Horse digestion vs human digestion:
• Meals vs Grazing. Humans are conditioned to have set meals throughout the day. On the other hand, horses are designed to eat, chew and digest constantly through the day and night.
• Stomach acid production: In humans, the production of stomach acid is stimulated by the presence of food in the stomach. Meanwhile, horses produce gastric acid 24/7 – regardless of whether there is food in their stomach or not. An over supply of stomach acid is one of the main causes of ulcers in horses (LINK). It’s also the reason experts suggest that horses ALWAYS have access to forage.
• Humans have a complex system of mechanical and chemical breakdown to help digest food. Meanwhile, horses rely primarily on bacterial breakdown to break their food into digestible molecules. When horses have an empty stomach, these bacteria die – which stuffs up the digestion of their next ‘meal’. This is why probiotics are so essential in horse care and especially the rehabilitation of starved horses.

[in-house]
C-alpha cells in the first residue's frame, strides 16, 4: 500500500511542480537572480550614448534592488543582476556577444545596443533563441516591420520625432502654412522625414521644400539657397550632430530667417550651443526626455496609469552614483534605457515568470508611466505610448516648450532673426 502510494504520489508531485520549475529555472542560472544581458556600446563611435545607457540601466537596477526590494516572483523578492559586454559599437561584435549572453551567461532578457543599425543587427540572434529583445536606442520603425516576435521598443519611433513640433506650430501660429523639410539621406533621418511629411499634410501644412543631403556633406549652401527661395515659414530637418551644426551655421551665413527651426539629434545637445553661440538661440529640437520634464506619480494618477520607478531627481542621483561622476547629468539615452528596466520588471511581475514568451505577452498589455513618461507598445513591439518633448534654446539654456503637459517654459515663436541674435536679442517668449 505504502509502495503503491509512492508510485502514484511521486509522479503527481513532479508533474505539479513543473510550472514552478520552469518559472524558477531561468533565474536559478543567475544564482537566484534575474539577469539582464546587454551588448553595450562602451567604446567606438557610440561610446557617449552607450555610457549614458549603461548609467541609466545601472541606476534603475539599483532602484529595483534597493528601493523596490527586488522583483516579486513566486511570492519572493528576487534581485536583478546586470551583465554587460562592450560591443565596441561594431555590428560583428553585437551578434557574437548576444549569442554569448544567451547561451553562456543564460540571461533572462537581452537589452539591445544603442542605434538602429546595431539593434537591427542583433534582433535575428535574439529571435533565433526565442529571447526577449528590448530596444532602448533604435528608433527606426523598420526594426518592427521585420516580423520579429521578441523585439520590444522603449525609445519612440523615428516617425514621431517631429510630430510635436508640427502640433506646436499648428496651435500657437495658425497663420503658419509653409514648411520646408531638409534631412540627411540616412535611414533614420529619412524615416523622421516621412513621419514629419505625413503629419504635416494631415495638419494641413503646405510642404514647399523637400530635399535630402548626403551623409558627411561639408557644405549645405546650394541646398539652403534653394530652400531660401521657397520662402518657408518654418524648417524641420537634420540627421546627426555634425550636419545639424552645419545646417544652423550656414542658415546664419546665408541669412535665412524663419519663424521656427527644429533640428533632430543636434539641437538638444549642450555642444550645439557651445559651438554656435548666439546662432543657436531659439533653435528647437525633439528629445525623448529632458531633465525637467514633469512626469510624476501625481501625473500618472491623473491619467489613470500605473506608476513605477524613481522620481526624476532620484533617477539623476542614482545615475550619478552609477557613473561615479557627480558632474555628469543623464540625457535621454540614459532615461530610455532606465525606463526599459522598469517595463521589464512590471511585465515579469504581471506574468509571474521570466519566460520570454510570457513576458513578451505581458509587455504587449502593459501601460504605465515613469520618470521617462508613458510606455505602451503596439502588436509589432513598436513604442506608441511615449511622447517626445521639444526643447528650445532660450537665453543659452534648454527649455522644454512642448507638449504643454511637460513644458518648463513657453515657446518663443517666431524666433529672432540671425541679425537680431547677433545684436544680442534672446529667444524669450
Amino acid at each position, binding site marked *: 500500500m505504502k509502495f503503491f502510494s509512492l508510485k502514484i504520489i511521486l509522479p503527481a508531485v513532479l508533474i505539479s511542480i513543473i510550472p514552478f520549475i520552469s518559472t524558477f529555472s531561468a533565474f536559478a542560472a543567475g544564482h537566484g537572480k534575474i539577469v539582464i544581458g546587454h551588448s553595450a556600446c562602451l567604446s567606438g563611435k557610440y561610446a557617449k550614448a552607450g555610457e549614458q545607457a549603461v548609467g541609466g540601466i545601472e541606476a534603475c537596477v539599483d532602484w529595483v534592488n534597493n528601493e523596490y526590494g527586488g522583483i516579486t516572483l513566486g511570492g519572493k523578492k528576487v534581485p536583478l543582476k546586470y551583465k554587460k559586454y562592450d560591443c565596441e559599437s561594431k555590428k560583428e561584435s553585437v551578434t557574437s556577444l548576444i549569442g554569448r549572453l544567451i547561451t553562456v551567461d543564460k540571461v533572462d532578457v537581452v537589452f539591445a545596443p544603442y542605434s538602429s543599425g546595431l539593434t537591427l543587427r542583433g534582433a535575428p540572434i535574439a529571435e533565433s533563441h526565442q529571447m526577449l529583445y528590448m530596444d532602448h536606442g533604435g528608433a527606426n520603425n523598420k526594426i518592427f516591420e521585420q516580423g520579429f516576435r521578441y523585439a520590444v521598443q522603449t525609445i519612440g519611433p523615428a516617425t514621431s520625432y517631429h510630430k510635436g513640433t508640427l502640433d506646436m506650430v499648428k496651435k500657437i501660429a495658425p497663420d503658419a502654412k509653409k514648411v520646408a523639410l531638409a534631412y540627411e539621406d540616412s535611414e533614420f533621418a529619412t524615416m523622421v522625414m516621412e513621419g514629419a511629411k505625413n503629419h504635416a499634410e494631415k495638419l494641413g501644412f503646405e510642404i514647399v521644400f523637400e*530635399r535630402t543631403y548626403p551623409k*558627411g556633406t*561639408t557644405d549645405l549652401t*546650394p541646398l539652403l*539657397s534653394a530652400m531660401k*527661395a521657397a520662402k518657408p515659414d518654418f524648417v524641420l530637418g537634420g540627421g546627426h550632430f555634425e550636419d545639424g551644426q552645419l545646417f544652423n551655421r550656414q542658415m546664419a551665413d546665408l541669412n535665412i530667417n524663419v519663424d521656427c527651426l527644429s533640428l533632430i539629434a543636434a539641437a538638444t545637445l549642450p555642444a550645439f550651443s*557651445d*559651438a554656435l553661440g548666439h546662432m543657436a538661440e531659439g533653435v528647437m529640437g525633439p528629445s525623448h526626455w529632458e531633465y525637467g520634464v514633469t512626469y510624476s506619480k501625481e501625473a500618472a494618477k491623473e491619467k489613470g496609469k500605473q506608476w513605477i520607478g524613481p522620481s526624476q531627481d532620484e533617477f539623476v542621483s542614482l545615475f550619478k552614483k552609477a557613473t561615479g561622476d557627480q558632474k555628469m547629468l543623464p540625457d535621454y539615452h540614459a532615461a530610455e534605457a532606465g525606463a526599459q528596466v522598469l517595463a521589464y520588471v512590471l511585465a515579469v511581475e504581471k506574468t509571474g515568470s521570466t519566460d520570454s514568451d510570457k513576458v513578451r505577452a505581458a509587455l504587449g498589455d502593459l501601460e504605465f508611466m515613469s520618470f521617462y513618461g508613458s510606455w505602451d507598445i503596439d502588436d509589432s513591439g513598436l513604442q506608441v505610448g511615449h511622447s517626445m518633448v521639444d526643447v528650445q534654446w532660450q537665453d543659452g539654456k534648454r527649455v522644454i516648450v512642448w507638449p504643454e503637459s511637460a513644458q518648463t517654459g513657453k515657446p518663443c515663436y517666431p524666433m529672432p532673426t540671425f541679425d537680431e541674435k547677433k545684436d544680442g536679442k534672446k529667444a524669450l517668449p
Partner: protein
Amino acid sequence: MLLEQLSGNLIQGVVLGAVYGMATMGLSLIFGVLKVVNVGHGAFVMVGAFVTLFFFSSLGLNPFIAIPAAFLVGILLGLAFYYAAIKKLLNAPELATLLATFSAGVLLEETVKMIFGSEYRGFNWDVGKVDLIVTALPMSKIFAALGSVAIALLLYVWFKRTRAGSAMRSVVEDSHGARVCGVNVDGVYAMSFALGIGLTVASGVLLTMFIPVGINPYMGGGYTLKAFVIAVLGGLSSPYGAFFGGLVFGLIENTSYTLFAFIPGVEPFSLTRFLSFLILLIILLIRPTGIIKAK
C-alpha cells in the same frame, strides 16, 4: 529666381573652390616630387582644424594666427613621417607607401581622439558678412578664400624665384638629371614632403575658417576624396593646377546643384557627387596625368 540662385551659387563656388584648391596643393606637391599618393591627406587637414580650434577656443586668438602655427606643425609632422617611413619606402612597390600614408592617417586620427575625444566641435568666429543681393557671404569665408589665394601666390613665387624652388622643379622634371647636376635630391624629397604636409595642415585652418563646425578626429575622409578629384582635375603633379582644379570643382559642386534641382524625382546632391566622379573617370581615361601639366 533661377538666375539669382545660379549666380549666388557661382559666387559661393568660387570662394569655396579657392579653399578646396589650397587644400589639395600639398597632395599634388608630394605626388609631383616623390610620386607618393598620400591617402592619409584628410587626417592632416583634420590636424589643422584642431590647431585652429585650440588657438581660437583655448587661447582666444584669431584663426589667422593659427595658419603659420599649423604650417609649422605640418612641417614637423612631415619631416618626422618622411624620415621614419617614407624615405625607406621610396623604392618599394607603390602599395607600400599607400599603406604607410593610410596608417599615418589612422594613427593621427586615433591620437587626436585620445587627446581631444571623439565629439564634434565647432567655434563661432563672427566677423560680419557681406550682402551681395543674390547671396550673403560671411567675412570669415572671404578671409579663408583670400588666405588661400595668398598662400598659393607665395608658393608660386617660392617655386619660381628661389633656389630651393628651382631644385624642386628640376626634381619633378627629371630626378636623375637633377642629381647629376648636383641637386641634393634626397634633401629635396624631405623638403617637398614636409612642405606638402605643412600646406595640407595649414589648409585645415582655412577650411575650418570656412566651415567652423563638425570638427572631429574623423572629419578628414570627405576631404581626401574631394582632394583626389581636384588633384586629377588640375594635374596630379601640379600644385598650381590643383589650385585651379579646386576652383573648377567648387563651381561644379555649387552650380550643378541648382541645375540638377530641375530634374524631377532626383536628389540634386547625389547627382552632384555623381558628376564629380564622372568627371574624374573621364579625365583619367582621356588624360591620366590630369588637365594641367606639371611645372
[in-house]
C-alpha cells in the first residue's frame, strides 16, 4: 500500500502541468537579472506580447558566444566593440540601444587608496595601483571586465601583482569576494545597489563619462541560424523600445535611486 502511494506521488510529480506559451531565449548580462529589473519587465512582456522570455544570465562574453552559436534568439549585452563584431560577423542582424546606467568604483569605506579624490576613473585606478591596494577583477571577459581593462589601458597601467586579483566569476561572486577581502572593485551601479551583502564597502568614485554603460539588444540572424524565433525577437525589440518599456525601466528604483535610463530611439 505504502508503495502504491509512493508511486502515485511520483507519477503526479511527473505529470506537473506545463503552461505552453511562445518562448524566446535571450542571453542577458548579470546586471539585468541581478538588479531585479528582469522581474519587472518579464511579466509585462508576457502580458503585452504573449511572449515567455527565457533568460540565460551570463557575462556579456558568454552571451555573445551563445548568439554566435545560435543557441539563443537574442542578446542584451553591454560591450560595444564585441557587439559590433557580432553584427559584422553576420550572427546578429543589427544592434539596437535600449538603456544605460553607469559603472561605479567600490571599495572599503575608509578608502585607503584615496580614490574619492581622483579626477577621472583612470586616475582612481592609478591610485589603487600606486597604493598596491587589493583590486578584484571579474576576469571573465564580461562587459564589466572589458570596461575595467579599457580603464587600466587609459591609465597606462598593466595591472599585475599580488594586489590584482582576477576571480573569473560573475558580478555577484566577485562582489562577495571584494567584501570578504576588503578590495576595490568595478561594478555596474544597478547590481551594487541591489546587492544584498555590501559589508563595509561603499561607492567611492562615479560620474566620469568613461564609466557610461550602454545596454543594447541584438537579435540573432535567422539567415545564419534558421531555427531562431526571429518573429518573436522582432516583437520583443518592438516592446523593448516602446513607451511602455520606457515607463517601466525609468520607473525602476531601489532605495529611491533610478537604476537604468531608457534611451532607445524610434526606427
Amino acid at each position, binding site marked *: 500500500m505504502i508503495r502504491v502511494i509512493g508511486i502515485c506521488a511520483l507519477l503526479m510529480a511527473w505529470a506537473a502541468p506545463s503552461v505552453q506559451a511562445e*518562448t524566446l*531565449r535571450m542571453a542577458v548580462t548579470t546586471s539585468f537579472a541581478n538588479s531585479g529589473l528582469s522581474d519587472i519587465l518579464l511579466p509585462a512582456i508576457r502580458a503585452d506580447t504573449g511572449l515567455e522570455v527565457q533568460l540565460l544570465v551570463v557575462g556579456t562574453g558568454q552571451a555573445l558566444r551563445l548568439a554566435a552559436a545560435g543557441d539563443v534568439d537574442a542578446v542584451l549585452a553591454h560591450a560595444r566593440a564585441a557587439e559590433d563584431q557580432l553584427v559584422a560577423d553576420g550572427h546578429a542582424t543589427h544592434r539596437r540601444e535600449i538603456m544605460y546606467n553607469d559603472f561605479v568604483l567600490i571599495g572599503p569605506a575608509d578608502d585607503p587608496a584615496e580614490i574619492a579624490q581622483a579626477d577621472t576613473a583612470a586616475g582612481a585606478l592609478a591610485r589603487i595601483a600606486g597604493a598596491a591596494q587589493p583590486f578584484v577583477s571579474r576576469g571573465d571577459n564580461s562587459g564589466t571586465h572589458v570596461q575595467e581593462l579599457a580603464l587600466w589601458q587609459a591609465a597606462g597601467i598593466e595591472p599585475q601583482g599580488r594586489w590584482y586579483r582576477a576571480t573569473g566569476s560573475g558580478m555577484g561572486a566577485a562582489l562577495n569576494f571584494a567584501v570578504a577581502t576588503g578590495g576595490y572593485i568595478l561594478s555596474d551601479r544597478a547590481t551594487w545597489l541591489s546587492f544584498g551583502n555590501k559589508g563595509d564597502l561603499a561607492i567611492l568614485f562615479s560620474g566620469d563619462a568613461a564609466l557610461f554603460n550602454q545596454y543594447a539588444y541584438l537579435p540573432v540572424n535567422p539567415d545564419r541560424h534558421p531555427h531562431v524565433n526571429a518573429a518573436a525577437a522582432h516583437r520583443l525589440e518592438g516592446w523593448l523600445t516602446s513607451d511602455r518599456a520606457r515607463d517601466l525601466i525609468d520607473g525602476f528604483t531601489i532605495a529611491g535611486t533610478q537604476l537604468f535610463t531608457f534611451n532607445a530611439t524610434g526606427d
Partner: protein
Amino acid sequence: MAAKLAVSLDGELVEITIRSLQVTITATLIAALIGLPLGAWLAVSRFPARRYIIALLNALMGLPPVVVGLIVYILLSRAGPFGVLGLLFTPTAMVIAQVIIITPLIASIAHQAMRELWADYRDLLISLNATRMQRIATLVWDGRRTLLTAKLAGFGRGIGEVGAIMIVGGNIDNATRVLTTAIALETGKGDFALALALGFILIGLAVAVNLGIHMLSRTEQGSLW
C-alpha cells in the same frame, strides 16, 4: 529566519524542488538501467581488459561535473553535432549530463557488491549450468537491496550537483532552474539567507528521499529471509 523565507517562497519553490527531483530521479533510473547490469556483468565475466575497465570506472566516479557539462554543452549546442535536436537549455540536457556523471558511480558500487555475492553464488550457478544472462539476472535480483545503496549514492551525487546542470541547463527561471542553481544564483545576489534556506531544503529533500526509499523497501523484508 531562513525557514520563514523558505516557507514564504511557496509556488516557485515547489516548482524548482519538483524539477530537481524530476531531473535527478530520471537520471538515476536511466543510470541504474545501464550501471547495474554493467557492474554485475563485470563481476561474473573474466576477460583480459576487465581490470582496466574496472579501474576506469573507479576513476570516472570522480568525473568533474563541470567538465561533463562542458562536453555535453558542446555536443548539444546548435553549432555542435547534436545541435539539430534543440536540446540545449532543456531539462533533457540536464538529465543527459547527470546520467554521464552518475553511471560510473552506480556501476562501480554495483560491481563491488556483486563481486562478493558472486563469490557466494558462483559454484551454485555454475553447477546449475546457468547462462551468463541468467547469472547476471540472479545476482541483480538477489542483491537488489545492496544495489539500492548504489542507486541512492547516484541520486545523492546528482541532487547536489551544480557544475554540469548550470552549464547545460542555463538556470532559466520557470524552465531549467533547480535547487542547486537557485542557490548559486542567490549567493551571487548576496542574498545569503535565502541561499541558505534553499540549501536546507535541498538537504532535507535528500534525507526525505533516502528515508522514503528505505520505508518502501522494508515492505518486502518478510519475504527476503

• Relative stomach sizes. Horse’s stomachs are pretty small compared to the rest of their body. This is why it’s not ideal to feed large ‘meals’ as opposed to a constant trickle of feed. Us humans have a stomach that has the ability to expand 4 times it’s usual size. This is why our system copes so well with ‘meals’ throughout the day.
• Horses have a muscle that stops them from vomiting. This means that if food (and acid) needs to escape they reflux into their oral cavity.
• Salivary production is not constant in horses, as it is in humans. Saliva is alkaline, and it’s a great buffer against stomach acid. If a horse doesn’t receive enough roughage, they wont produce enough saliva to keep their stomach acids in check. Without that buffer, ulcers can develop.